Steptoe & Johnson LLP
This October 23–24, the PORAC Executive Board, led by President Brian Marvel and Vice President Damon Kurtz, brought the voice of California law enforcement to Washington, meeting with senators, representatives and committees to convey the needs of peace officers across the state.
In total, PORAC met with 31 different offices from every corner of the state of California, as well as several Senate and House committees that handle the issues that matter to PORAC members. A complete list is below.
|Rep. Devin Nunes (R–22)
Rep. Mike Levin (D–49)
Rep. Josh Harder (D–10)
Rep. Paul Cook (R–8)
Rep. Lou Correa (D–46)
Rep. Norma Torres (D–35)
Rep. Eric Swalwell (D–15)
Rep. Julia Brownley (D–26)
Rep. Grace Napolitano (D–32)
|Rep. Kevin McCarthy (R–23)
Rep. John Garamendi (D–3)
Rep. Jim Costa (D–16)
Rep. Salud Carbajal (D–24)
Rep. Katie Hill (D–25)
Rep. Ken Calvert (R–42)
Rep. Jerry McNerney (D–9)
Rep. Tom McClintock (R–4)
Sen. Dianne Feinstein (D)
Sen. Kamala Harris (D)
|Rep. Scott Peters (D–52)
Rep. Zoe Lofgren (D–19)
Rep. Doug LaMalfa (R–1)
Rep. Mark DeSaulnier (D–11)
Rep. Katie Porter (D–45)
Rep. Ro Khanna (D–17)
Rep. Juan Vargas (D–51)
|Senate Finance Committee –
Senate Finance Committee –
Senate Judiciary Committee –
House Committee on Ways
House Judiciary Committee –
Through the course of these meetings, PORAC focused on five key issues that affect the everyday lives of law enforcement officers.
Funding for Federal Law Enforcement Grants
Law enforcement across the country relies on grants from the federal government, administered by the Department of Justice, to keep communities safe. While in Washington, PORAC stressed to members of both parties and both chambers the need to maximize that funding.
Opposing a Change in the
Currently, under federal law, a police officer is allowed to use deadly force if that force is “reasonable” in light of fear of death or serious bodily harm to the officer or another person. H.R. 4359, introduced by Representative Ro Khanna (D–17), would change that standard to only permit a police officer to use deadly force when it is “necessary” and a last resort. This creates a highly subjective hindsight standard for evaluating and holding officers criminally liable for using force when responding to split-second, life-or-death situations.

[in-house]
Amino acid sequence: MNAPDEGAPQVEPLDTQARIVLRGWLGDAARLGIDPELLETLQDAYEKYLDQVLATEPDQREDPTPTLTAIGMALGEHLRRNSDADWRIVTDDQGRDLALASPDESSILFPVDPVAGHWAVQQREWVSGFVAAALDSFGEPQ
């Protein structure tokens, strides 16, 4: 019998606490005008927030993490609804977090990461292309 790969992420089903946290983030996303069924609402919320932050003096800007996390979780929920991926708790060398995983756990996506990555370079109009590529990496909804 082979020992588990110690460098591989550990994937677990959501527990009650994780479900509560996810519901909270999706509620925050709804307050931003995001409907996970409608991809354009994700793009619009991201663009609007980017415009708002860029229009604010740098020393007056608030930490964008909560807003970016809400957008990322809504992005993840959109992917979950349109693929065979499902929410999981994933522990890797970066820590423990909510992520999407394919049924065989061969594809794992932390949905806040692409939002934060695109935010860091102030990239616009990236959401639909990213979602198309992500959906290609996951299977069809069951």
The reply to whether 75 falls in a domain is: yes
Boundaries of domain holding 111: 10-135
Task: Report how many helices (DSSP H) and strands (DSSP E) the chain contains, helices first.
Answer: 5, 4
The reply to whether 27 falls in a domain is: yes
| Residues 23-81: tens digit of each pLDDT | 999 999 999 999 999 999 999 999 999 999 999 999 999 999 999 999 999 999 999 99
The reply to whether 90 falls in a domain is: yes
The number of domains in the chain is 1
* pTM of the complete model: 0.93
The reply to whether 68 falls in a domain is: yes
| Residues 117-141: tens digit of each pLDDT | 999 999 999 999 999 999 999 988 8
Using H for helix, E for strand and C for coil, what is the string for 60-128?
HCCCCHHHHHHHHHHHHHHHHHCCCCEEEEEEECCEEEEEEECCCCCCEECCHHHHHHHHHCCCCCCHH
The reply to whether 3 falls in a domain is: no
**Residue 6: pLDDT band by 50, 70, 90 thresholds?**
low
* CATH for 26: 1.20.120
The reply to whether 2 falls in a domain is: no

PORAC has been vocal about its opposition to this bill, which will negatively impact community safety in California by creating a potentially devastating hesitation in officers. During the October fly-in, PORAC directly asked representatives and senators to oppose this legislation and instead work with PORAC to proactively address this complex issue.
Pension Reform Efforts
Workers who split their careers between jobs that require contributions to Social Security and jobs that do not, usually state or local public service jobs like law enforcement, have their Social Security benefit reduced when they reach retirement due to the Windfall Elimination Provision (WEP).
While there are multiple legislative solutions being discussed, including the PORAC-supported Social Security Fairness Act, much of PORAC’s time was spent discussing H.R. 4540, the Public Servants Protection and Fairness Act.
H.R. 4540 seeks to fix the WEP by introducing a new proportional formula designed to ensure public employees receive the benefit to which they are entitled, while also attempting to ensure that no Social Security beneficiary receives an unfair amount of benefit. The bill also includes a provision ensuring that no current or future retiree will be worse off than he or she is presently.
After meeting with the House Committee on Ways and Means, the PORAC Executive Committee voted unanimously to endorse H.R. 4540.
Supporting the Improving Community Safety Task Force Act
Facing a rising tide of violence directed as police, PORAC has worked with Representative Lou Correa (D–46) on the Improving Community Safety Task Force Act. The bill would direct the Department of Justice to convene a task force of law enforcement representatives, community members and policy experts to study incidents where law enforcement officers and other first responders are attacked and incidents involving use of deadly force by law enforcement. This task force would provide recommendations on strategies and policy changes aimed at lessening the frequency of those incidents and enhancing community safety.
The Improving Community Safety Task Force Act will contribute to the safety of law enforcement officers and community members. During the October fly-in, PORAC urged members to cosponsor the legislation.
Protecting the Lives of Peace Officers
In addition to pushing the Improving Community Safety Task Force Act, PORAC has endorsed S. 1480, the Back the Blue Act, in an effort to reduce instances of violence against police.
The Back the Blue Act sends a strong message that there will be no tolerance for any act of violence against a law enforcement officer. It creates a new federal crime for killing, attempting to kill or conspiring to kill a federal judge, federal law enforcement officer, or federally funded public safety officer. Additionally, S. 1480 expands the availability of certain grant funding to improve law enforcement-community relations.
PORAC urged both California senators to cosponsor the legislation while discussing with representatives the possibility for the introduction of an identical bill in the House.